Democrats have hammered Wisconsin governor Scott Walker over the past year for cutting nearly one billion dollars in state aid to school districts as part of his plan to close the state's $3.6 billion deficit. Democratic anger with Walker's budget cuts is a huge reason why Walker is facing a recall election on June 5. But the two leading Democrats vying to replace Walker, Dane county executive Kathleen Falk and Milwaukee mayor Tom Barrett, were unwilling to say Wednesday night how they would have balanced the budget or even how much they would have cut from the state's education budget.
“Education is the top funding priority for the state budget," Falk said at a Democratic candidate forum in Madison on Wednesday night. “I do not support public dollars for private school vouchers.”
But when asked how much state aid to local school districts should have been cut in last year's budget, Falk told THE WEEKLY STANDARD: "Well, nobody's going to answer that, needless to say. But I have a track record as county executive what I've done, which was shared sacrifice."
During follow-up questioning, Falk refused to give even a ballpark figure of how much education funding she would have cut:
TWS: Did Governor Walker cut too much on education in state aid to local schools?
FALK: Yeah, he did. He did it by giving big tax breaks and that's the biggest cut in education. I would not have made those choices.
TWS: And he cut $930 million [in state aid to school districts]. Would you have cut $500 million--more or less than that?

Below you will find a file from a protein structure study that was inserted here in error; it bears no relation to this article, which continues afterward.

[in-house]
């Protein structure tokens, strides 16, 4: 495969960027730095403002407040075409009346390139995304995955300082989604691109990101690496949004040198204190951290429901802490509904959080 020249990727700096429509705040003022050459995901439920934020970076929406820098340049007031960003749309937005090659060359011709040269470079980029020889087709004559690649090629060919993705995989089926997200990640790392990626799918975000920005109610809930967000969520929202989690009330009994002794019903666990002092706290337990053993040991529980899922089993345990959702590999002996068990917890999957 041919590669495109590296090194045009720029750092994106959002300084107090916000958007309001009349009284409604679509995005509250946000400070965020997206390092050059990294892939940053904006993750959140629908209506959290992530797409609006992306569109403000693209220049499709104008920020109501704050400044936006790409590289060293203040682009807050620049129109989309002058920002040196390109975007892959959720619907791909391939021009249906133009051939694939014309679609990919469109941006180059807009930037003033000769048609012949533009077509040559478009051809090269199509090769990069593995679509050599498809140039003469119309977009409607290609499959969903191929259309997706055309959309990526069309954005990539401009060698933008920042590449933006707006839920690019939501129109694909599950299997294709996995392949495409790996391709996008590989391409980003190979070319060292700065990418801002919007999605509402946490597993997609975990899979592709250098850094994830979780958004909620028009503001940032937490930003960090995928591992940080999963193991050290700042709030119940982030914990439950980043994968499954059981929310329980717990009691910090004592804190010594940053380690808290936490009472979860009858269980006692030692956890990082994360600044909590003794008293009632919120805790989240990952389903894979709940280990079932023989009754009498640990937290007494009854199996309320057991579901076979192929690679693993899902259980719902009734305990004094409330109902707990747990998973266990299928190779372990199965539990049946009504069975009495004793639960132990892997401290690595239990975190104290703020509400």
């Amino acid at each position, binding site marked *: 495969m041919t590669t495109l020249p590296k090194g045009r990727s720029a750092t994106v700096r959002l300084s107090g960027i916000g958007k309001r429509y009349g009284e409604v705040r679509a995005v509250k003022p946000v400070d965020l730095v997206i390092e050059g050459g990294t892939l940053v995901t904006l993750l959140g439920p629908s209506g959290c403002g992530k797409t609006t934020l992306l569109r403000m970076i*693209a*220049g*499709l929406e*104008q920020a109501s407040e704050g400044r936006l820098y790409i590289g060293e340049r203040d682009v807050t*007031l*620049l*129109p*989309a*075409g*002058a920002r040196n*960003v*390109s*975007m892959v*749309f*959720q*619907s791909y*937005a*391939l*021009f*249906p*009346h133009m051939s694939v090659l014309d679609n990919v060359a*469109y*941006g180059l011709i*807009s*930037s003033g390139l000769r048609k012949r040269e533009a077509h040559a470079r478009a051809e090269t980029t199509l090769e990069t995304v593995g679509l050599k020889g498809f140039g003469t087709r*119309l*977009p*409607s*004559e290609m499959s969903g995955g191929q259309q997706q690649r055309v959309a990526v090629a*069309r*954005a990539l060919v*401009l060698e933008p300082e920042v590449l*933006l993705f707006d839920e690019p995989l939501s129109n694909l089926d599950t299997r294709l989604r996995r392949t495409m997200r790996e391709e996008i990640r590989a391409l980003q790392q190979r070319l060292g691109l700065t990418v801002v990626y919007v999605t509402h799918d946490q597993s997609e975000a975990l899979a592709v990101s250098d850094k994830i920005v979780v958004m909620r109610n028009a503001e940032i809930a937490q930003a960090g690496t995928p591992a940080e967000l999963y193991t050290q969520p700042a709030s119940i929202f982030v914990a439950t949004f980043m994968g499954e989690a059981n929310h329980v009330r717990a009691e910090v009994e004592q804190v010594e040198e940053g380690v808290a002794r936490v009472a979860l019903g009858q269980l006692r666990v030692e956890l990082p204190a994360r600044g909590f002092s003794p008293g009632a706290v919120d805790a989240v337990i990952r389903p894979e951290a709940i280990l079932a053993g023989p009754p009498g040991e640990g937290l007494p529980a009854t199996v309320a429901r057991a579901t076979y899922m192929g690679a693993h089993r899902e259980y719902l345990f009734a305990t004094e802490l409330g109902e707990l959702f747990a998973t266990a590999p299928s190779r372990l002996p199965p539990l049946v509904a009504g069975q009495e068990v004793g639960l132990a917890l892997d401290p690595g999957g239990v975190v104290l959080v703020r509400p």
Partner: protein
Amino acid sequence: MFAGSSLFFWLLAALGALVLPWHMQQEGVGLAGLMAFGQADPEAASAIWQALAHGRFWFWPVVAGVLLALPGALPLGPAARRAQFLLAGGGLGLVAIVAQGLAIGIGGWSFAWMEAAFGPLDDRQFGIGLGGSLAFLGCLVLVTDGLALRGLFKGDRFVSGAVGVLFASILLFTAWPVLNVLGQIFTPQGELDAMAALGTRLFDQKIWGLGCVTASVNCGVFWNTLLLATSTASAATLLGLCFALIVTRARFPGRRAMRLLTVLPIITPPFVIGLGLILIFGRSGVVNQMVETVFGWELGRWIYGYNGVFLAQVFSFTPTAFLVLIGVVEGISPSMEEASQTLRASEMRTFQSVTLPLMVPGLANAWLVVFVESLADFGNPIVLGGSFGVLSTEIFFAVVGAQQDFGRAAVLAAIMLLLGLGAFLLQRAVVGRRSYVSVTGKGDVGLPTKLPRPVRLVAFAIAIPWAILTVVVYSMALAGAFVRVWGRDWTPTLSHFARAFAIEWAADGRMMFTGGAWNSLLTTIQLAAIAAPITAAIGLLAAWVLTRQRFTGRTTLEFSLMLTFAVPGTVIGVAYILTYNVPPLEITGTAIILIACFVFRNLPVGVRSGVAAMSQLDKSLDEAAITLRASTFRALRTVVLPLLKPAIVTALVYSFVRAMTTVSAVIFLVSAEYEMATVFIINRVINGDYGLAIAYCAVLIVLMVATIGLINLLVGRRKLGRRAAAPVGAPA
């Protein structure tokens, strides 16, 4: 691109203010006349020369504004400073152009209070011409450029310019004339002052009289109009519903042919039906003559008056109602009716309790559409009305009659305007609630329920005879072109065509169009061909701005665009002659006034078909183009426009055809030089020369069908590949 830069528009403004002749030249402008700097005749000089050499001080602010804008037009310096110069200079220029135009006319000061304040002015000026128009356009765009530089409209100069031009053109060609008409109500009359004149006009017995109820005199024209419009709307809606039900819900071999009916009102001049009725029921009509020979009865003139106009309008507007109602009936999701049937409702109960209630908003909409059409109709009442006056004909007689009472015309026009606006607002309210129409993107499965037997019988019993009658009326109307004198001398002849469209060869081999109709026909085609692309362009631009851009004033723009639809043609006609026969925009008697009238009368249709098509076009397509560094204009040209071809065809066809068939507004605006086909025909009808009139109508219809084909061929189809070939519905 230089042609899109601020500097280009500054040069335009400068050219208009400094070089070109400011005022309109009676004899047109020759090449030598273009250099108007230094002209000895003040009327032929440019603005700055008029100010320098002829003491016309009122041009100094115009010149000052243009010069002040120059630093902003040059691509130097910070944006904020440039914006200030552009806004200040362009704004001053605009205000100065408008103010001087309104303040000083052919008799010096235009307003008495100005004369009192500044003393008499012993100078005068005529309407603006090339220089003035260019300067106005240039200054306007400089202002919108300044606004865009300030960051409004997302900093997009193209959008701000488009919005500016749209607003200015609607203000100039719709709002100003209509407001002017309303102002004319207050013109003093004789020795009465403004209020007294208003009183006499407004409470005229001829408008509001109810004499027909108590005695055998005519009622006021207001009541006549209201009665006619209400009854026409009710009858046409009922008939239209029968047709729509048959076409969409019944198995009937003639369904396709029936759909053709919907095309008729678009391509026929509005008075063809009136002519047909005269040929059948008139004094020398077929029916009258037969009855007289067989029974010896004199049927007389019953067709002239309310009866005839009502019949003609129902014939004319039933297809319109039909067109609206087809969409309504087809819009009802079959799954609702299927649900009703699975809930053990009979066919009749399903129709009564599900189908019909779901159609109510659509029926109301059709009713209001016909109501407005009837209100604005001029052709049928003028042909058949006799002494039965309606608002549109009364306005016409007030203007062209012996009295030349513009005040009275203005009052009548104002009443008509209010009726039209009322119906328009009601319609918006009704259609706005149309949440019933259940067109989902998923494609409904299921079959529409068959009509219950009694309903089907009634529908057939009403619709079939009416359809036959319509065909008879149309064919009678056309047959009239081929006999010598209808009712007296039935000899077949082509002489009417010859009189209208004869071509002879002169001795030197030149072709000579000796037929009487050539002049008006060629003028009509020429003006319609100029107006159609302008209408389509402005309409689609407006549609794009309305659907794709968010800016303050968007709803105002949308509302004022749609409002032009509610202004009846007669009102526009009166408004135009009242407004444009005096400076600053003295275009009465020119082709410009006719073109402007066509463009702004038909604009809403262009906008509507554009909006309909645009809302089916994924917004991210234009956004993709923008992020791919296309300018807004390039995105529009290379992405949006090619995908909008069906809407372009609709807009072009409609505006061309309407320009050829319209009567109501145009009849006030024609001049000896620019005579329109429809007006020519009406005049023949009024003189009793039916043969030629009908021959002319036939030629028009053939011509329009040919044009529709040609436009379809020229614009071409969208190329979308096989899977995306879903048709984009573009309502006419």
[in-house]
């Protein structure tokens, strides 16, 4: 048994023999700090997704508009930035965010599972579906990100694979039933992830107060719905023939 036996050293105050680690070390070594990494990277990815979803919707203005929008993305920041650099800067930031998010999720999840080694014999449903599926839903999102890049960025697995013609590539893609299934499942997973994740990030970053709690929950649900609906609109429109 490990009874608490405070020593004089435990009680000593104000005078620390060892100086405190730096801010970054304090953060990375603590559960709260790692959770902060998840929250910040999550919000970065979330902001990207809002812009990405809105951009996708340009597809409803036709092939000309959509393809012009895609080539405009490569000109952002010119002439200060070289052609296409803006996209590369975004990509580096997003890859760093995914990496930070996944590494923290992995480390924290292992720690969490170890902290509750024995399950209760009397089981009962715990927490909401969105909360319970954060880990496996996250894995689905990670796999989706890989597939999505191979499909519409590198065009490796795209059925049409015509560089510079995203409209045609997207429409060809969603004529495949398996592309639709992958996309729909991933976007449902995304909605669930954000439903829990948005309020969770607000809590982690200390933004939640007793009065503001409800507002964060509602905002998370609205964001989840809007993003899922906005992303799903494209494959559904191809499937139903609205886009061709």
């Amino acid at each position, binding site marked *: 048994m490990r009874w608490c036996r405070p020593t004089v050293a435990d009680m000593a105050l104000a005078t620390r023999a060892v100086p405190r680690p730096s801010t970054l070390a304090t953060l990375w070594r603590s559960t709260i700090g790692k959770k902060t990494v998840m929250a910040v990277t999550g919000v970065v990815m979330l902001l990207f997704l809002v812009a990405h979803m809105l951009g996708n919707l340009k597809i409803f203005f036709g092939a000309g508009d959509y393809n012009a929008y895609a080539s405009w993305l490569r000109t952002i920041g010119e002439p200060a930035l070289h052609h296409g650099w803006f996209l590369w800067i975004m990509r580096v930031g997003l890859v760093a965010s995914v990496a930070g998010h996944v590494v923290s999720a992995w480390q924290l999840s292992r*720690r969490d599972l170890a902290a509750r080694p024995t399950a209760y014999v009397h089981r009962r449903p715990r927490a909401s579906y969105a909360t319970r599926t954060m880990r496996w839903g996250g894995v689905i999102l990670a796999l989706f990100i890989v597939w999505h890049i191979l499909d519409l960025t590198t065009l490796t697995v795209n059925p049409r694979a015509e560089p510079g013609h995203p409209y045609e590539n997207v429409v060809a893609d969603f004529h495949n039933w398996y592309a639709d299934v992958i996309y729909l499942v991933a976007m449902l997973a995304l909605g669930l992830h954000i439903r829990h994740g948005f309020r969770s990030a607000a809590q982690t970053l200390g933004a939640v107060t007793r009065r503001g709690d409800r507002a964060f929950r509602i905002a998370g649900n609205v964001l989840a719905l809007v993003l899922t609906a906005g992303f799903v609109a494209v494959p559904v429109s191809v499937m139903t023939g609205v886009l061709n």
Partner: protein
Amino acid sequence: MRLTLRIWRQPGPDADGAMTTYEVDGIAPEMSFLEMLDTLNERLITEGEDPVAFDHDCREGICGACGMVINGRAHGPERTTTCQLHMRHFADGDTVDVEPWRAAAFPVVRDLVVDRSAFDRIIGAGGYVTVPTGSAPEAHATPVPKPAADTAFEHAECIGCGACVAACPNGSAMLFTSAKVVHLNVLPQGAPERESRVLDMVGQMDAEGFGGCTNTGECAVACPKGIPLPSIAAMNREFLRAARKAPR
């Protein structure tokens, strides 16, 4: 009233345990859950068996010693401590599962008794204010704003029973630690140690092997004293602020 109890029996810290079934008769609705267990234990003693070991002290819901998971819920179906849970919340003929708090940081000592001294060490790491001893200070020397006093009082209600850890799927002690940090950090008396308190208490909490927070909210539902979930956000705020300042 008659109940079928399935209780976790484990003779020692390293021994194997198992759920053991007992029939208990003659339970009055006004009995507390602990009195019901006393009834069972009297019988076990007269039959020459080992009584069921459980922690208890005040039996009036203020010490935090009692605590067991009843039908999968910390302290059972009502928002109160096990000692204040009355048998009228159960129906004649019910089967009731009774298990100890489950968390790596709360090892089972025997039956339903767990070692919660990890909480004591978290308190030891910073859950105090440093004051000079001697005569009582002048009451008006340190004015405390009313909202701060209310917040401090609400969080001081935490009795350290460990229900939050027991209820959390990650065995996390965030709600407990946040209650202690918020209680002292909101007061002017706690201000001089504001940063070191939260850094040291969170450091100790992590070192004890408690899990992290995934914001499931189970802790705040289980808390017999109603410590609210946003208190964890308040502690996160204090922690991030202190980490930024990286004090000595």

FALK: No, I'm not answering. None of us will answer that question.
TWS: But why not? Why is that not a fair question?
FALK: Because there's many other things in the budget. Look at my record by what I did as county executive.
TWS: But that's a major part of the Democratic campaign against Governor Walker--that he cut too much from education, right?
FALK: Because he gave tax breaks to corporations. I gave an example of what I would do.
TWS: You'd undo those tax breaks and put them toward education? But would you put any other money back toward education?
FALK: That's where I would start.
According to Wisconsin's Legislative Fiscal bureau, Walker's business tax cuts added a little over over $100 million to the deficit--about 3 percent of the state's $3.6 billion biennial budget deficit. But what about the other 97 percent of the budget deficit?
Although he was asked three separate times what he would have done differently, Milwaukee mayor Tom Barrett, like Falk, wouldn't get into specifics:
TWS: How would Democrats have balanced the budget differently than Governor Walker did--to fill that $3.6 billion gap?
BARRETT: I think the key here is when he went after collective bargaining, he had the support of people in the state to have public employees pay more toward their pension and toward their health care--70 to 75 percent of the state. Major labor leaders agreed to that. If he had stopped there--but it's sort of like a grade school fight...They were on the ground. They were crying uncle. And he didn't stop. He kicked them while they were down. That's what's created this. That's what's created this. He violated the fundamental fairness of this state. Because he hadn't campaigned on requiring public employees to pay more. That's not what he did. This was always a Trojan Horse. This was divide and conquer. This whole thing is an ideological war against collective bargaining. I think fundamentally he wants to divide the state, make it a right to work state.
TWS: And Governor Walker cut about $930 million in state aid to local schools.... Would you have cut any less or more?
BARRETT: I would not have started out by having corporate tax cuts. That's what he started out doing. Those corporate tax cuts are going to explode in the out-years. So I think he came in and said, we have to have these corporate tax cuts. And then he said we have a deficit. First of all, I didn't buy the fact that we had a deficit. But how could you start out with corporate tax cuts and then say we have a deficit? Why don't you say that and skip the corporate tax cuts?
Pressed a third time, Barrett said he was moving on to talk to Democrats lining up to meet him. "These are voters," Barrett said. "You can't vote for me."